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An update to the AIS–AMA position statement on concussion in sport

Lisa J Elkington, Silvia Manzanero and David C Hughes
Med J Aust 2018; 208 (6): 246-248. || doi: 10.5694/mja17.01180
Published online: 2 April 2018

The best approach is to take concussion seriously, treat each case carefully and be conservative with return to sport processes

The Australian Institute of Sport (AIS) and Australian Medical Association (AMA) position statement on concussion in sport and its dedicated online platform (https://www.concussioninsport.gov.au) were launched in May 2016.1 The aims were to conduct a comprehensive assessment of the evidence and present it in a format that would be accessible to all stakeholders; and to develop a set of guidelines for concussion management that would suit Australians who sustained a concussion in any sport and any level of participation. However, concussion research and guideline development progresses at a very fast pace, and it has become clear that the project needs to be regularly revised and updated as knowledge of concussion in sport continues to evolve. The gold standard for concussion in sport guidelines is the proceedings of the consensus meeting of the Concussion in Sport Group (CISG), which meets every 4 years to compile and examine the most current evidence. The most recent meeting of the CISG took place in Berlin in October 2016 and the outcomes were released as a consensus statement in April 2017,2 accompanied by a series of systematic reviews covering many aspects of concussion research and management.3-7 It was therefore necessary to update the AIS–AMA position statement to incorporate several aspects of concussion detection tools and management guidelines arising from the Berlin consensus. We also incorporated our own analysis of the evidence8 and discussed the position statement with representatives from several contact and collision sports. The main changes are summarised in Box 1. The updated version of the AIS–AMA position statement in concussion in sport was launched in November 2017 as one of the most current and informed tools currently available in Australia.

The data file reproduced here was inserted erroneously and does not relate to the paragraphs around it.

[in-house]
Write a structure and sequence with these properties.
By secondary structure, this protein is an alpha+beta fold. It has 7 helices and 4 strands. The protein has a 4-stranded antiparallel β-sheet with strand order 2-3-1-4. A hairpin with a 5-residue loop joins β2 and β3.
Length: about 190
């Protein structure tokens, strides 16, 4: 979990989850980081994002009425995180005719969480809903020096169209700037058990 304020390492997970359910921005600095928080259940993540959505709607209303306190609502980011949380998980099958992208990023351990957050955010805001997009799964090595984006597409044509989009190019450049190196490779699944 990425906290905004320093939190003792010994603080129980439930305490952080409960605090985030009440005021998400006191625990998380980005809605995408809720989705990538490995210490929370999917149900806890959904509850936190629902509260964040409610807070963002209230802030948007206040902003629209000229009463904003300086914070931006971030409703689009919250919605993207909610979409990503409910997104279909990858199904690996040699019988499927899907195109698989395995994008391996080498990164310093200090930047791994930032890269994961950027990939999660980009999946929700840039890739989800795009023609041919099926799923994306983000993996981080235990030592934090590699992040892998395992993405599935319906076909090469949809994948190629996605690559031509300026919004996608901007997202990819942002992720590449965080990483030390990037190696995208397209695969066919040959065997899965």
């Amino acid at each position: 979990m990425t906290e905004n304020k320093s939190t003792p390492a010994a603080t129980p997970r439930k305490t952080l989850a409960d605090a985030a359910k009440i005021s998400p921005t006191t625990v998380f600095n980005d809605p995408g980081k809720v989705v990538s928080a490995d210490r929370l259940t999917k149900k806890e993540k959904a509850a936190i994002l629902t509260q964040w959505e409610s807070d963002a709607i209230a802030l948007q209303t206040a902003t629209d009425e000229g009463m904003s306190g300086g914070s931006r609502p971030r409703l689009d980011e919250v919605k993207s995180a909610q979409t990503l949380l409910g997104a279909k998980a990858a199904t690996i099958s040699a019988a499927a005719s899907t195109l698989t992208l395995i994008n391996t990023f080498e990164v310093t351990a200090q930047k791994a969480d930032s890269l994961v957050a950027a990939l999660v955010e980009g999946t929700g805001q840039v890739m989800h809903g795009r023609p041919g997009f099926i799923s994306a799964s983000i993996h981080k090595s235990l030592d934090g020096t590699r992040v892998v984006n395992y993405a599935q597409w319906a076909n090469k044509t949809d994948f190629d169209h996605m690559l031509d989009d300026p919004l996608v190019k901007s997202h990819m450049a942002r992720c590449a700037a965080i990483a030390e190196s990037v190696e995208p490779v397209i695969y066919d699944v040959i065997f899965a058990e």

• Lisa J Elkington1
  • Silvia Manzanero1,2
  • David C Hughes1,2

  • 1 Australian Institute of Sport, Canberra, ACT
  • 2 Research Institute for Sport and Exercise, University of Canberra, Canberra, ACT


Competing interests:

No relevant disclosures.

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